A “fully-fledged neo-Nazi” has been jailed for eight years for leading a banned far-right group which pursued a “truly evil and dystopian vision” of race war.
A judge said Christopher Lythgoe’s “deep seated racism and antisemitism” kept National Action alive after it was proscribed as a terrorist organisation by the Home Office in 2016, over its support for the murder of Labour MP Jo Cox.
The 32-year-old Lythgoe was sentenced at the Old Bailey on Wednesday along with Matthew Hankinson, 24, who was jailed for six years for being a prominent member of the white supremacist group.
Lythgoe, of Warrington, was arrested last year by police investigating a plot to murder Labour MP Rosie Cooper and a female police officer.
The plan was foiled by whistleblower Robbie Mullen, who leaked details of a meeting at the Cheshire town’s Friar Penketh pub to campaign group Hope Not Hate in July last year.
The plot emerged just over 12 months after MP Ms Cox was shot and stabbed to death in her Batley and Spen constituency by neo-Nazi Thomas Mair.
Jack Renshaw, 23, from Skelmersdale, Lancashire, has pleaded guilty to preparing to engage in an act of terrorism in relation to the plot to kill Ms Cooper.
He has also been convicted of stirring up racial hatred in speeches in 2016, it can now be reported.
Lythgoe was also charged with encouraging the murder of Ms Cooper by telling Renshaw not to “f**k it up” during the meeting, on 1 July.
He “smiled and nodded” when Renshaw revealed his plans to kill the MP for West Lancashire, a jury heard during his trial.
Mr Mullen, a former National Action member, told the Old Bailey: “[Lythgoe] asked Jack if he was sure, and [Renshaw] said he was and had thought it through. Then [Lythgoe] said to him ‘make sure you don’t f*** it up’.”
A jury deliberated for 20 hours before clearing Lythgoe of encouraging Renshaw but finding him guilty of membership of National Action.
Hankinson, of Newton-le-Willows, Merseyside, was also convicted of belonging to National Action.
The jury acquitted Garron Helm, 24, of Seaforth, Merseyside, of the same charge.
Mr Justice Jay said National Action had a “truly evil and dystopian vision” of waging a race war.
While numbers were too small to achieve this aim, there was a real risk the group’s disturbing ideology could have inspired acts of terror, the judge said.
Without Lythgoe’s obsessive determination, the group would have “withered and died on the vine”, he added.
“You are a fully-fledged neo-Nazi, complete with deep seated racism and antisemitism,” the judge told Lythgoe, adding that he “did nothing to stop or discourage” the plot to kill Ms Cooper.
The judge said Hankinson was a prominent National Action member who hated ethnic minorities and Jews and advocated violence.
Ms Cooper sat in court as the men were jailed.
In a statement, the MP said: “I think it’s awful that any public servant – teacher, nurse, doctor, police, MP – should be targeted and threatened with violence simply because of the job they do.
“To that end, I’d like to thank Robbie Mullen, whose information saved my life.
“I’d also like to thank Lancashire and Merseyside Police and the counter terrorism police, who have supported me greatly, and who have kept me, my staff and the general public safe.”
National Action was the first extreme right wing group to be proscribed by the government since the Second World War.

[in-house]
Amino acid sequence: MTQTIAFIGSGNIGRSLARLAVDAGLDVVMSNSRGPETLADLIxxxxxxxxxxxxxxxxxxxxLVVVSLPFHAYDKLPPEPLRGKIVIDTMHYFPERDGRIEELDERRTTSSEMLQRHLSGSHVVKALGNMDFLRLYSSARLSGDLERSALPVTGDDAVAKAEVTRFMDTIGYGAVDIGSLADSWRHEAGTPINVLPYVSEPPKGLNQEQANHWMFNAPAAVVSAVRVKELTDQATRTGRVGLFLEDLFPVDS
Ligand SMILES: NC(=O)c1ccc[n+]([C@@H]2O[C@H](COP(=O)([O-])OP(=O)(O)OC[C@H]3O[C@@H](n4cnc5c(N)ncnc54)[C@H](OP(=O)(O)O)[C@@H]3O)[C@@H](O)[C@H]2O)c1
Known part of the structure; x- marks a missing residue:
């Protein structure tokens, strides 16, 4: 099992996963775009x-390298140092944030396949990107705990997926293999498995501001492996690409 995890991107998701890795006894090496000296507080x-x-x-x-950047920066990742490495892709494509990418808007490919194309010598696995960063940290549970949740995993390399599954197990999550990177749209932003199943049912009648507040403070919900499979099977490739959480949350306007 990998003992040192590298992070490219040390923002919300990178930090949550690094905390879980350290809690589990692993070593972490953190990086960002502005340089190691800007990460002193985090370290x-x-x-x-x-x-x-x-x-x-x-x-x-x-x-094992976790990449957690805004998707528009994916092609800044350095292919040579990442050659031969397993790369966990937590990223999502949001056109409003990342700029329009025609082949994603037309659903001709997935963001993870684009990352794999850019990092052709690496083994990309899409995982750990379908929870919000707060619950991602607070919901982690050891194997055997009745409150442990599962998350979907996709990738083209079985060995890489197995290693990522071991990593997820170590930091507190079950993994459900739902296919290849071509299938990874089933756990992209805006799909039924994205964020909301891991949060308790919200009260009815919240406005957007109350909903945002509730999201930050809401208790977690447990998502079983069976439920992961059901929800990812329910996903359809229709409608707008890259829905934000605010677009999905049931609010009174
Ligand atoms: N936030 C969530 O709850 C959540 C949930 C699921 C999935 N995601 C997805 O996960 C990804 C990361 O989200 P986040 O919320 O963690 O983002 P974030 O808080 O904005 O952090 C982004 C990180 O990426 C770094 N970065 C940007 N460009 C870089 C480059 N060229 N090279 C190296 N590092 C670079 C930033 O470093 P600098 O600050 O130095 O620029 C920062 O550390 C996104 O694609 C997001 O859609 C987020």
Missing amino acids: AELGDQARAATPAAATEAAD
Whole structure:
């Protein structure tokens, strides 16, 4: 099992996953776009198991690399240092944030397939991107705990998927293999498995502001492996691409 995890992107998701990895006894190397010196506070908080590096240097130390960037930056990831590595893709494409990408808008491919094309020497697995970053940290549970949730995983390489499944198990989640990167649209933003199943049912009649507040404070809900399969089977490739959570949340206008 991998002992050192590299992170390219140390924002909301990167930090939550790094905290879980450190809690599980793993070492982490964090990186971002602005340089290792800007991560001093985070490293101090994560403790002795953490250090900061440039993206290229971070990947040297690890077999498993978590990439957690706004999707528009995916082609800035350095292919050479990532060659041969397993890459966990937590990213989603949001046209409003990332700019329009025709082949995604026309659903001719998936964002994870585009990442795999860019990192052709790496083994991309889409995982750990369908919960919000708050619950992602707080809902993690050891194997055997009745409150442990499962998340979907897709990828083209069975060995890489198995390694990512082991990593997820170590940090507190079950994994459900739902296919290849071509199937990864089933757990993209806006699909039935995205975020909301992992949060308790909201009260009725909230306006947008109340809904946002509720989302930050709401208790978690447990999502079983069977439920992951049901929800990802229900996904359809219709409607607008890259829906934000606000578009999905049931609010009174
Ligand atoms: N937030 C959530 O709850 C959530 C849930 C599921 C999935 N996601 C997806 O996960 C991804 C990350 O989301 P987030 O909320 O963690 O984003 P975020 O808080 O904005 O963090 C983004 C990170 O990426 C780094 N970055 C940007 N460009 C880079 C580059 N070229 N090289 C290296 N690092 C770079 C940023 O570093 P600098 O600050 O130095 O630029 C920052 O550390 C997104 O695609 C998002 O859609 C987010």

At its height it had a membership of up to 100 young white men, drawn from universities. Dressed in black skull masks, they would gather for flash demonstrations, waving banners and making Nazi salutes.
In December 2016, the group was banned by then home secretary Amber Rudd over its support for the murder of Ms Cox, whose death the court heard Lythgoe regarded as a “little victory”.
After National Action was proscribed, Lythgoe told members they would “just shed one skin for another”.
They continued to meet in pubs and train together at a new mixed martial arts gym in Warrington.
Meanwhile, disillusioned Mr Mullen, 25, began leaking information about National Action to campaign group Hope Not Hate.
Renshaw was also accused of being a member of National Action, along with Lythgoe, Hankinson, Andrew Clarke, Michal Trubini and Mr Helm.
The jury failed to reach verdicts on whether Renshaw, Mr Clarke, 33, and Mr Trubini, 35, from Warrington, were part of the group.
All six defendants had denied being members.
Lythgoe’s lawyer, Crispin Aylett QC, suggested Mr Mullen had implicated National Action because he was “in the pocket of Hope Not Hate”, and it was what they wanted to hear.
But in his sentencing remarks, Mr Justice Jay said National Action meetings continued on a “modest” scale under Lythgoe’s leadership.
He said they kept alive “an aspiration which was truly insidious and evil – the idea that this country should be purged of its ethnic minorities and its Jews, that the rule of law should be subverted, and that once the ideological revolution had taken place, this national socialist worldview would triumph.”
“The idea that there could be such a triumph without violence is arrant nonsense, despite the weasel words to the contrary,” he added.
The judge said: “Fortunately... the truly evil and dystopian vision I am describing could never have been achieved through the activities of National Action, a very small group operating at the very periphery of far-right wing extremism.
“The real risk to society inheres instead in the carrying out of isolated acts of terror inspired by the perverted ideology I have been describing.”
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